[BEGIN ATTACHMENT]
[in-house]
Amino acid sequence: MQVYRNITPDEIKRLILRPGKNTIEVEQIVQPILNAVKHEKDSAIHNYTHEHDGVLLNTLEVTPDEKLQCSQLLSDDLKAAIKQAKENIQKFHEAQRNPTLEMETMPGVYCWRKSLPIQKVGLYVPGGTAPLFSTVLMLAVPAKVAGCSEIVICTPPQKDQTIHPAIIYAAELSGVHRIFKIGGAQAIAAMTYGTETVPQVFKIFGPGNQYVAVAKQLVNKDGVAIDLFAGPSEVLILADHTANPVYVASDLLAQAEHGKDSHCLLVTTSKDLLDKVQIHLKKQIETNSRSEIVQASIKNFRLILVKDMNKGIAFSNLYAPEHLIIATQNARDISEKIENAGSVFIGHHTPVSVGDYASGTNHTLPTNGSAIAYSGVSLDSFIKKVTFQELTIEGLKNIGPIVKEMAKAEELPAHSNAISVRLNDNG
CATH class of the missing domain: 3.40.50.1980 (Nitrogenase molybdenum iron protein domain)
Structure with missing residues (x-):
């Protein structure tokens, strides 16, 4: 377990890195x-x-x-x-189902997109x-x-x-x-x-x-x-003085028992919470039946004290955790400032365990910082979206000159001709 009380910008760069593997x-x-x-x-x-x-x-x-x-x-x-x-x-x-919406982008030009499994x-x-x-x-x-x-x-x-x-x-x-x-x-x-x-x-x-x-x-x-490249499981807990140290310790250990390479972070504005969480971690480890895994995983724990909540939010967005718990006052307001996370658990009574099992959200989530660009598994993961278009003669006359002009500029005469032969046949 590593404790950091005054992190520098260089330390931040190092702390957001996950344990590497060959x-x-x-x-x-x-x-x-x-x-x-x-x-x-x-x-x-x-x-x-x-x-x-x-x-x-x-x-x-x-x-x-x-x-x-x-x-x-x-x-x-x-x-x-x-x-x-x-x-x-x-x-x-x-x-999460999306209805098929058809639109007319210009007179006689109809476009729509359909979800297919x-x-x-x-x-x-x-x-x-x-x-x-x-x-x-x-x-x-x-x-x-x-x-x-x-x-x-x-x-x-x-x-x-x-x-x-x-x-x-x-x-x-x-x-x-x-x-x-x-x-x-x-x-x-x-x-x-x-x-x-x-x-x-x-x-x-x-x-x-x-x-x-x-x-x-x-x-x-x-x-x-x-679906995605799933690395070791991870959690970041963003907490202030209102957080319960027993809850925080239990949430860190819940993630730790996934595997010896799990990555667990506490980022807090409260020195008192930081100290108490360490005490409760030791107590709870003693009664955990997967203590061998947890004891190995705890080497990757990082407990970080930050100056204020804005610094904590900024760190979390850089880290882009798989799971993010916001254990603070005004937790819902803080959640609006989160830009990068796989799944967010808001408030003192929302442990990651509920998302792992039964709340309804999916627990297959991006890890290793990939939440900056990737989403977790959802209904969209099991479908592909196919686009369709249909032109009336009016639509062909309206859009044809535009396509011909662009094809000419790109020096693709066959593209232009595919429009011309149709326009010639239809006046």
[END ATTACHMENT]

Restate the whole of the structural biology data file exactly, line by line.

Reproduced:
[in-house]
Amino acid sequence: MQVYRNITPDEIKRLILRPGKNTIEVEQIVQPILNAVKHEKDSAIHNYTHEHDGVLLNTLEVTPDEKLQCSQLLSDDLKAAIKQAKENIQKFHEAQRNPTLEMETMPGVYCWRKSLPIQKVGLYVPGGTAPLFSTVLMLAVPAKVAGCSEIVICTPPQKDQTIHPAIIYAAELSGVHRIFKIGGAQAIAAMTYGTETVPQVFKIFGPGNQYVAVAKQLVNKDGVAIDLFAGPSEVLILADHTANPVYVASDLLAQAEHGKDSHCLLVTTSKDLLDKVQIHLKKQIETNSRSEIVQASIKNFRLILVKDMNKGIAFSNLYAPEHLIIATQNARDISEKIENAGSVFIGHHTPVSVGDYASGTNHTLPTNGSAIAYSGVSLDSFIKKVTFQELTIEGLKNIGPIVKEMAKAEELPAHSNAISVRLNDNG
CATH class of the missing domain: 3.40.50.1980 (Nitrogenase molybdenum iron protein domain)
Structure with missing residues (x-):
């Protein structure tokens, strides 16, 4: 377990890195x-x-x-x-189902997109x-x-x-x-x-x-x-003085028992919470039946004290955790400032365990910082979206000159001709 009380910008760069593997x-x-x-x-x-x-x-x-x-x-x-x-x-x-919406982008030009499994x-x-x-x-x-x-x-x-x-x-x-x-x-x-x-x-x-x-x-x-490249499981807990140290310790250990390479972070504005969480971690480890895994995983724990909540939010967005718990006052307001996370658990009574099992959200989530660009598994993961278009003669006359002009500029005469032969046949 590593404790950091005054992190520098260089330390931040190092702390957001996950344990590497060959x-x-x-x-x-x-x-x-x-x-x-x-x-x-x-x-x-x-x-x-x-x-x-x-x-x-x-x-x-x-x-x-x-x-x-x-x-x-x-x-x-x-x-x-x-x-x-x-x-x-x-x-x-x-x-999460999306209805098929058809639109007319210009007179006689109809476009729509359909979800297919x-x-x-x-x-x-x-x-x-x-x-x-x-x-x-x-x-x-x-x-x-x-x-x-x-x-x-x-x-x-x-x-x-x-x-x-x-x-x-x-x-x-x-x-x-x-x-x-x-x-x-x-x-x-x-x-x-x-x-x-x-x-x-x-x-x-x-x-x-x-x-x-x-x-x-x-x-x-x-x-x-x-679906995605799933690395070791991870959690970041963003907490202030209102957080319960027993809850925080239990949430860190819940993630730790996934595997010896799990990555667990506490980022807090409260020195008192930081100290108490360490005490409760030791107590709870003693009664955990997967203590061998947890004891190995705890080497990757990082407990970080930050100056204020804005610094904590900024760190979390850089880290882009798989799971993010916001254990603070005004937790819902803080959640609006989160830009990068796989799944967010808001408030003192929302442990990651509920998302792992039964709340309804999916627990297959991006890890290793990939939440900056990737989403977790959802209904969209099991479908592909196919686009369709249909032109009336009016639509062909309206859009044809535009396509011909662009094809000419790109020096693709066959593209232009595919429009011309149709326009010639239809006046």